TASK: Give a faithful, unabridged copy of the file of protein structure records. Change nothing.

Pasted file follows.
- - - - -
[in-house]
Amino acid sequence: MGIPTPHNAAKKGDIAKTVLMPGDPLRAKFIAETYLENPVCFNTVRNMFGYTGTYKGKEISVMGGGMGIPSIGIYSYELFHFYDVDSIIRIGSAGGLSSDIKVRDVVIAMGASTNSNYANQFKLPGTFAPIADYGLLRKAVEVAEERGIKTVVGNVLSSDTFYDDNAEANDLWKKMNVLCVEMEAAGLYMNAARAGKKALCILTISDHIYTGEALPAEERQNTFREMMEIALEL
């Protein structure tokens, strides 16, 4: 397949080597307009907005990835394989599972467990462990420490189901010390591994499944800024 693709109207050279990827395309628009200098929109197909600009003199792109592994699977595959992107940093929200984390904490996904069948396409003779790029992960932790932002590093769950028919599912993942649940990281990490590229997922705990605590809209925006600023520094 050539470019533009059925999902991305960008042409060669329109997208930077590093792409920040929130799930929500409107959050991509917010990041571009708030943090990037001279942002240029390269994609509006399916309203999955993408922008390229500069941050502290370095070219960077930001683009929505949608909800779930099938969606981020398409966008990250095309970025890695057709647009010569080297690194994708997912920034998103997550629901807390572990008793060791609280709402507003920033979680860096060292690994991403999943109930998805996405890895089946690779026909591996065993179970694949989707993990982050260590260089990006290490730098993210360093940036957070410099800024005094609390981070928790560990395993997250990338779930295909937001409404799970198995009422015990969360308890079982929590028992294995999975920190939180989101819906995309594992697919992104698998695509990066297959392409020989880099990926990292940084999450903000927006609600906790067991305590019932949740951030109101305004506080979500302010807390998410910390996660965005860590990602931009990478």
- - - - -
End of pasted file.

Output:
[in-house]
Amino acid sequence: MGIPTPHNAAKKGDIAKTVLMPGDPLRAKFIAETYLENPVCFNTVRNMFGYTGTYKGKEISVMGGGMGIPSIGIYSYELFHFYDVDSIIRIGSAGGLSSDIKVRDVVIAMGASTNSNYANQFKLPGTFAPIADYGLLRKAVEVAEERGIKTVVGNVLSSDTFYDDNAEANDLWKKMNVLCVEMEAAGLYMNAARAGKKALCILTISDHIYTGEALPAEERQNTFREMMEIALEL
């Protein structure tokens, strides 16, 4: 397949080597307009907005990835394989599972467990462990420490189901010390591994499944800024 693709109207050279990827395309628009200098929109197909600009003199792109592994699977595959992107940093929200984390904490996904069948396409003779790029992960932790932002590093769950028919599912993942649940990281990490590229997922705990605590809209925006600023520094 050539470019533009059925999902991305960008042409060669329109997208930077590093792409920040929130799930929500409107959050991509917010990041571009708030943090990037001279942002240029390269994609509006399916309203999955993408922008390229500069941050502290370095070219960077930001683009929505949608909800779930099938969606981020398409966008990250095309970025890695057709647009010569080297690194994708997912920034998103997550629901807390572990008793060791609280709402507003920033979680860096060292690994991403999943109930998805996405890895089946690779026909591996065993179970694949989707993990982050260590260089990006290490730098993210360093940036957070410099800024005094609390981070928790560990395993997250990338779930295909937001409404799970198995009422015990969360308890079982929590028992294995999975920190939180989101819906995309594992697919992104698998695509990066297959392409020989880099990926990292940084999450903000927006609600906790067991305590019932949740951030109101305004506080979500302010807390998410910390996660965005860590990602931009990478």